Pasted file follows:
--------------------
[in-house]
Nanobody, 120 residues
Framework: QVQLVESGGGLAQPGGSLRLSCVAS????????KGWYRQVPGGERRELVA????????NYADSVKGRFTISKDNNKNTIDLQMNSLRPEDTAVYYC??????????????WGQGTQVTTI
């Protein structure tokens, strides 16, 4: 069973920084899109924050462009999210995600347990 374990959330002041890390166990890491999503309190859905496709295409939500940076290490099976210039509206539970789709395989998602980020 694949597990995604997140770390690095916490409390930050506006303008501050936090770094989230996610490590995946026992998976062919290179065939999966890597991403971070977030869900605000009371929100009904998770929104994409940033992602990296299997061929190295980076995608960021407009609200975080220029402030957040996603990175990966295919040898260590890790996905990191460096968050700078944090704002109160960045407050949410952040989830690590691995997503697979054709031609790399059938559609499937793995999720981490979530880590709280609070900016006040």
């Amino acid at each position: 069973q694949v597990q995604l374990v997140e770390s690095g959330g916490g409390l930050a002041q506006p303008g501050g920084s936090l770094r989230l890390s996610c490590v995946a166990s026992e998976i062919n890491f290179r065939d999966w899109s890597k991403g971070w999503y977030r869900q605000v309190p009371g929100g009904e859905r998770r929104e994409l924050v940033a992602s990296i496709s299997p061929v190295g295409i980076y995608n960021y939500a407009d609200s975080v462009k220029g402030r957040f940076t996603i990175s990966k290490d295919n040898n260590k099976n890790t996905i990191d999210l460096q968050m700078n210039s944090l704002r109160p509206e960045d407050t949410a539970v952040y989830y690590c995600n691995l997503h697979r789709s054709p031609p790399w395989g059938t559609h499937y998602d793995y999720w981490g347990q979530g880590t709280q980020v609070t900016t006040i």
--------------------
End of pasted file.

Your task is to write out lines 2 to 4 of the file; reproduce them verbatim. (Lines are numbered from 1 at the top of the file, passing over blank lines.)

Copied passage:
Nanobody, 120 residues
Framework: QVQLVESGGGLAQPGGSLRLSCVAS????????KGWYRQVPGGERRELVA????????NYADSVKGRFTISKDNNKNTIDLQMNSLRPEDTAVYYC??????????????WGQGTQVTTI
């Protein structure tokens, strides 16, 4: 069973920084899109924050462009999210995600347990 374990959330002041890390166990890491999503309190859905496709295409939500940076290490099976210039509206539970789709395989998602980020 694949597990995604997140770390690095916490409390930050506006303008501050936090770094989230996610490590995946026992998976062919290179065939999966890597991403971070977030869900605000009371929100009904998770929104994409940033992602990296299997061929190295980076995608960021407009609200975080220029402030957040996603990175990966295919040898260590890790996905990191460096968050700078944090704002109160960045407050949410952040989830690590691995997503697979054709031609790399059938559609499937793995999720981490979530880590709280609070900016006040």